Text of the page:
I’ve found three papers as potentials to discuss at the next Social Work Journal Club chat on 15th August at 8pm and wanted to ask people to vote on which they would prefer as I don’t want to make the decision alone!
I’ll ‘close’ the voting at the end of Tuesday 6th August and put a post up on the 7th – giving people a week to read through the chosen paper (although they are all interesting in my opinion!).
If you want to suggest an open access paper for next time, please leave recommendations in the comments below!
The options are
‘Setting and Crossing Boundaries: Professionalisation of Social Work and Social Work Professionalism’ – Catrin Heite – Social Work and Society International Online Journal 2012
How is a profession distinguished from a non-profession? In what ways is the boundary between profession and non-profession marked, transformed, and dealt with?
And how is social work professionalized in these processes of boundary-setting and boundary transformation? In the perspective of Social Work as Working at the Border I address professionalization, as well as professionalism as boundary-work, boundary-setting and boundary-crossing. This aspect of boundary transformation is discussed in terms of the theory of profession: how does the process of professionalization occur? What is the connection between professionalization, science, politics and the social question? With reference to these questions, a boundary-analytic perspective is outlined in order to review the emergence and development of social work as a profession, and professional ways of handling social inequalities: how is the boundary between profession and non-profession set, secured and transformed? How could this boundary be crossed in processes of professionalization? In the concluding remarks the issue of professionalization as a process will be reversed into the question of professionalism as a mode of practice. Social work will thus be related to a notion of critique, and conceived of as professional boundary-work in the context of social inequality.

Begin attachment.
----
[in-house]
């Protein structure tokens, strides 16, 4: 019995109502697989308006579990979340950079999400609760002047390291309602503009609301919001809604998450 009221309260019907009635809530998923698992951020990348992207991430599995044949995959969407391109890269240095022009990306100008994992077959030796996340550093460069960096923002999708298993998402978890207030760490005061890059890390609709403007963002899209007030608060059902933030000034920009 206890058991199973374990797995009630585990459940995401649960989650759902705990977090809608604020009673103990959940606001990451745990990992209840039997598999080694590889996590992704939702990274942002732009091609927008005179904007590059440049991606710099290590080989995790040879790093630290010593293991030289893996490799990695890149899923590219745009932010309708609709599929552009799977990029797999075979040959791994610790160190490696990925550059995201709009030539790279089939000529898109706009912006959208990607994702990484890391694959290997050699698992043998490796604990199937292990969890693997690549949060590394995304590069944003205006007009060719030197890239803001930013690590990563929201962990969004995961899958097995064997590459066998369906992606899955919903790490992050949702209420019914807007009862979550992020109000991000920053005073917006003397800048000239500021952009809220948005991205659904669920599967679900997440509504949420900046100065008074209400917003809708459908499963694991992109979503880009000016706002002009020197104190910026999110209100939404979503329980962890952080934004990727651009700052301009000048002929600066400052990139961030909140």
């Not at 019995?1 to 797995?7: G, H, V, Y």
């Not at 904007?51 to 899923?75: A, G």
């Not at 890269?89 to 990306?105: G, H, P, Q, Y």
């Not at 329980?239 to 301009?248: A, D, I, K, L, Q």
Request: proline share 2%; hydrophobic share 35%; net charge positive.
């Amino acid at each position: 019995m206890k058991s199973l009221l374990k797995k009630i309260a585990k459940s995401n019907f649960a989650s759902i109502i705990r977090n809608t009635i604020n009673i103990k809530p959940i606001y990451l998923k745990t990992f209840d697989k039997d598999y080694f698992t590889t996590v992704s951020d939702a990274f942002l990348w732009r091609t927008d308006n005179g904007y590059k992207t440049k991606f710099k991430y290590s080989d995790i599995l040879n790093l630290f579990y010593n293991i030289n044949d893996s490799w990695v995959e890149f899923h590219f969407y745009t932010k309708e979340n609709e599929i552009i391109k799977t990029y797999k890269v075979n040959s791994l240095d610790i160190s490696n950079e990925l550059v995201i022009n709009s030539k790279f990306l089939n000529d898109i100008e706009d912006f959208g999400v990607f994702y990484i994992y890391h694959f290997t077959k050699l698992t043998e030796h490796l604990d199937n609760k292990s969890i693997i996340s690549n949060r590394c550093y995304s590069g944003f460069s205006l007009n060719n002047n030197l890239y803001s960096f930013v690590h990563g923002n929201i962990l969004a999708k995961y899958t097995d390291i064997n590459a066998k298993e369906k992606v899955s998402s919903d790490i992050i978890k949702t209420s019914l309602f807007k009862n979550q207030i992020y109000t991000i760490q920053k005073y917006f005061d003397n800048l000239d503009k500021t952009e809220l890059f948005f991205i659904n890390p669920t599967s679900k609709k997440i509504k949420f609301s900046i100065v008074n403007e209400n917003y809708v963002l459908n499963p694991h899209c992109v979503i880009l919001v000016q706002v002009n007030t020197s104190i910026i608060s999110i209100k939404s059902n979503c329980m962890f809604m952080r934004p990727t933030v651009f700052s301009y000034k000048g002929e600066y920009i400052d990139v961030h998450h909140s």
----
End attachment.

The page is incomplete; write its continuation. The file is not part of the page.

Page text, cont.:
‘Emotions, Social Work Practice and Supervision : an uneasy alliance? – Richard Ingram – Journal of Social Work Practice 2013
This paper examines the place of emotions within social work practice. The perceived tensions between emotions and rational decision making are explored and it is argued that their relationship is compatible and necessary. A model for the co-creation of emotionally intelligent supervision is developed to support this vision of practice.
What’s in a Name: ‘Client’, ‘Patient’, ‘Customer’, ‘Consumer’, ‘Expert by Experience’, ‘Service User’—What’s Next? – Hugh McLaughlin British Journal of Social Work 2007
This article challenges the terms we use to describe the relationship between those who assess and commission services and those who are the recipient of those services. In particular, the article identifies the different terms that have been used in British social work, including ‘client’, ‘customer’, ‘consumer’, ‘service user’ and ‘expert by experience’, highlighting their assumptive worlds and the relationships the terms suggest and signify. Service user (the most popular term at present) is highlighted and critically analysed and found to be increasingly problematic and unable to describe the complexities of the service–recipient relationship. Alternative terms are discussed and found wanting, whilst a possible way forward is suggested to avoid the negative connotations of any one particular term.
So take your pick – 1, 2 or 3